“Ask you why this has you so nervous,” the NyteHawk said.  “Sure this is nasty, but you’ve seen worse.  Why does this bother you three so much?”

“If you’ve seen the things we have, it might bother you, too.”

“We have,” Father Stug said.  “And it doesn’t.  What are you trying to hide?”

WillowWind looked as though she’d been slapped.

“We’re not hiding anything,” she snapped.  “What the hell do you mean, asking us something like that.”

“Just what it sounds like,” Father Stug replied.  “There’s no reason for you to be as worked up about this as you are, but you are.  It’s not rational, so tell me something that is.”

Johnny Cognito put a hand on WillowWind’s shoulder, trying to turn her away.  “Come on.  If they’re going to accuse us of something, we don’t need to talk to them.”

WillowWind looked as though she was ready to lash out at the Onami members.  The veins coursing through the NyteHawk’s upper body flared slightly brighter.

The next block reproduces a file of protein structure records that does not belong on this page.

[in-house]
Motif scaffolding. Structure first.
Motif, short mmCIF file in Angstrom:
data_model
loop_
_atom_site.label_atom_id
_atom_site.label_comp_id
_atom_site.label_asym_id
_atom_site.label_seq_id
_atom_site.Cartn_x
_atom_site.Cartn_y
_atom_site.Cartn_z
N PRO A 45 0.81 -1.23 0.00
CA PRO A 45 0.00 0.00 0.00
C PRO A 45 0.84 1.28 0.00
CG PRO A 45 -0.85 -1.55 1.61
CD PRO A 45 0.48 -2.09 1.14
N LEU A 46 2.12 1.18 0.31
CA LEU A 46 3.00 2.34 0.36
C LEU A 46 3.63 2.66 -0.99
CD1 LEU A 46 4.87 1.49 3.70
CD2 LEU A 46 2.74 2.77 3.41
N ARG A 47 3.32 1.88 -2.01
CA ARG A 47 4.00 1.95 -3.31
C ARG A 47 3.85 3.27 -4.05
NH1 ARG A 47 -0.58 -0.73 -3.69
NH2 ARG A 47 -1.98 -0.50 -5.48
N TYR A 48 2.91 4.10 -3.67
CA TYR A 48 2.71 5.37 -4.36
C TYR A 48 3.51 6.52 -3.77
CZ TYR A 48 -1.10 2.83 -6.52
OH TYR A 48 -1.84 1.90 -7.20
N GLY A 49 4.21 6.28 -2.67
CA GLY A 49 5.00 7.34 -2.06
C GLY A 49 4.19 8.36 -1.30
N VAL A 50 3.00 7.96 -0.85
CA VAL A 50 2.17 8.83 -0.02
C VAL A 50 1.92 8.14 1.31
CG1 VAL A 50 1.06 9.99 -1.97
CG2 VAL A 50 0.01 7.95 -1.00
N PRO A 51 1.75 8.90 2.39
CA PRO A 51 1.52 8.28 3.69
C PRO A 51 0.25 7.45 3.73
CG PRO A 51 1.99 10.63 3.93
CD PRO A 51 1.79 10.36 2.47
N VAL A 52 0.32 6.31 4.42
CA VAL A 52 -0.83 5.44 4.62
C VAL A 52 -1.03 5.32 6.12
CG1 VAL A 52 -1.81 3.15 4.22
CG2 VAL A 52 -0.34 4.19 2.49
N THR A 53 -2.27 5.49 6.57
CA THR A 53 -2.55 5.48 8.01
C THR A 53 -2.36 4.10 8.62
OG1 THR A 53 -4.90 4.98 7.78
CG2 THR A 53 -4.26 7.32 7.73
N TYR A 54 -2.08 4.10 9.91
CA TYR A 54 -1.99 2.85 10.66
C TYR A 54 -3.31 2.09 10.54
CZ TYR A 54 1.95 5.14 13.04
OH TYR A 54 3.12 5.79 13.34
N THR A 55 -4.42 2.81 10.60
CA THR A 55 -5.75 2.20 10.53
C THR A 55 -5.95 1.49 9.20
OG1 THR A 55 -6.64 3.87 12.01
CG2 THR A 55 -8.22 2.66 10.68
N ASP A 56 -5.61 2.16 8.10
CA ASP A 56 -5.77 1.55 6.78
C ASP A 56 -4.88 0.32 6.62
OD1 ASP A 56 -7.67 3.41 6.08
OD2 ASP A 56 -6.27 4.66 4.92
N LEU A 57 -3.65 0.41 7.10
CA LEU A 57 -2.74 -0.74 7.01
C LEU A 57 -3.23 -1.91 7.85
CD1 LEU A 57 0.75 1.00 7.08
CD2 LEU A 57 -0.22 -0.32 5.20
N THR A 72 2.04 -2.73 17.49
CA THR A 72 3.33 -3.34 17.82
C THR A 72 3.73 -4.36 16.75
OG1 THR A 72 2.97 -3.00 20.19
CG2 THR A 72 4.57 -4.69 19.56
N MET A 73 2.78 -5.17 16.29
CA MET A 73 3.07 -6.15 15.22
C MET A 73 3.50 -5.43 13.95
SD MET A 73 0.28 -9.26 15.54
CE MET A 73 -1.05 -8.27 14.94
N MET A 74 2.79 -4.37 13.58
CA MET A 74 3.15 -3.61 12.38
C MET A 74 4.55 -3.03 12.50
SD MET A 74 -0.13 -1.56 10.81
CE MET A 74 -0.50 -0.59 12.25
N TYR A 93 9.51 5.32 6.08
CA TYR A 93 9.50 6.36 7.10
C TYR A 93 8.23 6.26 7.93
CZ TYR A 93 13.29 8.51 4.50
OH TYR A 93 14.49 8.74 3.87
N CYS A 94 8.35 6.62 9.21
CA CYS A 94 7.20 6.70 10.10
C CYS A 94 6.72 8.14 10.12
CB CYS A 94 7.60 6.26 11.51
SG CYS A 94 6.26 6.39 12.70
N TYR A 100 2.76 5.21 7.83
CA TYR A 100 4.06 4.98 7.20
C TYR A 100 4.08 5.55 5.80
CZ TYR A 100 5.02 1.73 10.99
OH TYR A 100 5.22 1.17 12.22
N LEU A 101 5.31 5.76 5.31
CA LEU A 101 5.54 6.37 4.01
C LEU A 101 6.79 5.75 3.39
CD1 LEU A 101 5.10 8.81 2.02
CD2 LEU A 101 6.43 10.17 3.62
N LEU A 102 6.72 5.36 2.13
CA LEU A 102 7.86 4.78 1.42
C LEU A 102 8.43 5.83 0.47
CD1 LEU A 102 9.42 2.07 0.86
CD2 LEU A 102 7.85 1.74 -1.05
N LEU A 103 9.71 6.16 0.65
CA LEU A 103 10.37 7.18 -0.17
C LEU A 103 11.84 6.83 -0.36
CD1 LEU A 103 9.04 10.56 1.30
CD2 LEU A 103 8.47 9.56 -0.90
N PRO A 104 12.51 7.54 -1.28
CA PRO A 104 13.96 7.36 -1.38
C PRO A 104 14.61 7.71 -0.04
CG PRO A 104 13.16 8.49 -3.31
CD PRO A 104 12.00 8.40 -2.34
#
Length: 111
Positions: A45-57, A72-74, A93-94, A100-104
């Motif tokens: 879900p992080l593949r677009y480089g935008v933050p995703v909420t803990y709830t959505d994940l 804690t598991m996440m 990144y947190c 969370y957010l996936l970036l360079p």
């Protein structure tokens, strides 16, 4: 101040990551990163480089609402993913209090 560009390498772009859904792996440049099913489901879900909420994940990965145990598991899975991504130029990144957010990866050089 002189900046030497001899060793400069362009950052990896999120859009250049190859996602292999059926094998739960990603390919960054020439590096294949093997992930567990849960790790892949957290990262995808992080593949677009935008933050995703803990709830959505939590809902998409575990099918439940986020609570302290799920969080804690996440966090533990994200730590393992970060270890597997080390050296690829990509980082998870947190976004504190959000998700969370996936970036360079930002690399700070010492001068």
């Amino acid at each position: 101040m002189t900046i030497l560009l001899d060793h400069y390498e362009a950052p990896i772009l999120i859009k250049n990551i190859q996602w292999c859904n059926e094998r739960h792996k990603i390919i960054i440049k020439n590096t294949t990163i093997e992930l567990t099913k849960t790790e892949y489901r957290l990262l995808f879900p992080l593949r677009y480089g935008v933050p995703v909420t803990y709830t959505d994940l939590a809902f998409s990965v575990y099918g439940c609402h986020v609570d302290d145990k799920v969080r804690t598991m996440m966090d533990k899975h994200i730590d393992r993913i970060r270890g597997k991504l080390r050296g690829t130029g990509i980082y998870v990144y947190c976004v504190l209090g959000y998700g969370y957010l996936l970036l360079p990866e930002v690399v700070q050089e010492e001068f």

Miyaka’s hand went to the hilt of the Katana at her hip. 

Father Stug’s assault rifle fell into his hand, hanging at his side.

Johnny Cognito urged his teammates away.  “Just forget about this.  We can clean it up, we were here first.”

WillowWind and Miyaka stared at the Onami members for several seconds then turned briskly away, stalking out of the building, following Johnny Cognito.

The NyteHawk let out a sigh.  “Whew.  I didn’t really want to start slugging it out with them.”

“You’ve never backed down from a fight,” Father Stug said.

“I wasn’t going to back down.  It’s just that we’re supposed to be on the same team.”

“They weren’t being team players,” Sharuk said.  “They knew something about what happened here, and were hiding it.”

“I suppose we’ll just have to find out what,” Father Stug said.